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Addl
2012-08-01, 02:40 PM
Overlord (http://www.yojoe.com/thearchive/toys/action/viewItem.php?itemID=308)











sorry... :clap:

inflatable dalek
2012-08-01, 03:14 PM
That is not the Transformer Overlord.

Cliffjumper
2012-08-01, 03:55 PM
I love random 1980s name crossovers, especially when they're nobodies in one toyline and big hitters in another. GI Joe also gives us trademark protection exercises like Sideswipe (http://www.yojoe.com/action/02/sideswipe.shtml), Mirage (http://www.yojoe.com/action/93/mirage.shtml) and, er, Iguanus (http://www.yojoe.com/action/01/iguanus.shtml).

I keep meaning to do some sort of list of them all...

inflatable dalek
2012-08-01, 03:58 PM
There's a Joe called Iguanus?! Why did Hama never make him a ninja?

I'm surprised Manimal got through copyright, isn't that one of those olde Glen Larson style 80's shows as well?

Cliffjumper
2012-08-01, 04:48 PM
IIRC things are trademarked in certain sectors only (at least normally; I suspect Optimus Prime for example is extremely well protected; something like Bumblebee where it's just an existing word not so much); there was a US finance organisation called Megatron in at least the late 1980s who funded a Formula 1 team at one point leading to cars called Arrows-Megatrons, for example. So unless Larson had a merchandising trademark in place (Manimal had probably finished by '94)...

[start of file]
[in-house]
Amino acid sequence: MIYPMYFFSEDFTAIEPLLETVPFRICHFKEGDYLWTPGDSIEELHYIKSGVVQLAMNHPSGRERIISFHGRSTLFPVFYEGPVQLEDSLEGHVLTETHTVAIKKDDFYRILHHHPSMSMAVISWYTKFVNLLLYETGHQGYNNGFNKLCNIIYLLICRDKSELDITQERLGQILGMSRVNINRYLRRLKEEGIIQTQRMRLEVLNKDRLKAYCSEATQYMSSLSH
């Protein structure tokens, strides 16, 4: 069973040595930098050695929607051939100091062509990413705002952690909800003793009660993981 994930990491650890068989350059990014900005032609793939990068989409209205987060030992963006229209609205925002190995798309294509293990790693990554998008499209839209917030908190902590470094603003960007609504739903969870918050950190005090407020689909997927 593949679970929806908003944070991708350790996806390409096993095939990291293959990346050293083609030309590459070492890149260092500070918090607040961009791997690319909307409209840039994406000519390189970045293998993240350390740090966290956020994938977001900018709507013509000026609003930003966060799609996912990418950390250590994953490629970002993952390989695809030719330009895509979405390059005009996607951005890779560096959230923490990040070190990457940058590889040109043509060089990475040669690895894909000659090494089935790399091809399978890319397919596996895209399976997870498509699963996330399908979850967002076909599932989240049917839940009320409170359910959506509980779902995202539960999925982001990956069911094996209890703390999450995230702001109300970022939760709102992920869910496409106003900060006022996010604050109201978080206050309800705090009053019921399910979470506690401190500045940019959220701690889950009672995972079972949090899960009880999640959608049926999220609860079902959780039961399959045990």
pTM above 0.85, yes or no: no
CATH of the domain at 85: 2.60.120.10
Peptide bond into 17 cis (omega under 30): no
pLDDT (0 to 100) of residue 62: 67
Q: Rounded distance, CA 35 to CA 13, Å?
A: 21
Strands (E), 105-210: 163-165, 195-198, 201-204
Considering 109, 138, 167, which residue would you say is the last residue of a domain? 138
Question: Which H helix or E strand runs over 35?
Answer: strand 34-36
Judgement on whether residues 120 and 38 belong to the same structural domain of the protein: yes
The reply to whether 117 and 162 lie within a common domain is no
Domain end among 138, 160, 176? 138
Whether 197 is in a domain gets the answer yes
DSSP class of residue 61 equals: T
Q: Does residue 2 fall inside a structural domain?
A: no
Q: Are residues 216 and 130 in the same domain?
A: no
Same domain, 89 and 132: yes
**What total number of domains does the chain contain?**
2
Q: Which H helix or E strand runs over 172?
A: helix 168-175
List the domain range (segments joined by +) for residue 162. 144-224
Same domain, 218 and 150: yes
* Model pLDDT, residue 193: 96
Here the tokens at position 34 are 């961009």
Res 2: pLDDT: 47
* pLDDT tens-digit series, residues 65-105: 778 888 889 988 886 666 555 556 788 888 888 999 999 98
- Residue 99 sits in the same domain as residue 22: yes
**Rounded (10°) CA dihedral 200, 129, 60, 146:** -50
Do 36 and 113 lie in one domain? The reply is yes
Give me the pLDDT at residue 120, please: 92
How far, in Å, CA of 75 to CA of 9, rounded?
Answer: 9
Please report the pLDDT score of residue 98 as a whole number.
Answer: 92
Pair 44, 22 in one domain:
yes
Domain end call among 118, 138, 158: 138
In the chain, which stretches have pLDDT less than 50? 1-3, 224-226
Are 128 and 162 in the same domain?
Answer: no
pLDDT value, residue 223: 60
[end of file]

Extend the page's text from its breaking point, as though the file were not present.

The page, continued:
inflatable dalek
2012-08-01, 04:57 PM
Even with it being (IIRC) a short lived flop I'd assume Larson would have had the merchandising trademarks sown up beforehand as that had been a good source of revenue for his other shows (we all had a KITT right?).

But yeah, it'd have been long over by then (I think the Marvel Annuals advert in the early TF issues has a Manimal one proudly displayed alongside the and [i]WHAM! ones...) so presumably it had lapsed.

Addl
2012-08-02, 12:12 AM
That is not the Transformer Overlord.

Really ? :glance: :halo:

Summerhayes
2012-08-02, 06:28 PM
If a Joe called Overlord prevented a TF called a Overblast, then I'd say its a legit tactic.
Though I'm actually surprised that a human action figure with the same name is considered the same copyright as a robot. For example, if I made a superhero called Bumblebee, whose a yellow dude with wings, would his figure infringe? It all gets a bit vague, in the end. I guess it just goes the way the guy with the money wants it to go.

God, that whole post makes me sound like one of the whiny 12-year-olds you find on all the worst forums . . .

inflatable dalek
2012-08-02, 06:35 PM
Though Joe Overlord pre-dates any Western use of the name for a TF doesn't he? And they must have lost it as some point before "Gigatron" came along (and regained it since).

Cliffjumper
2012-08-02, 07:08 PM
For example, if I made a superhero called Bumblebee, whose a yellow dude with wings, would his figure infringe?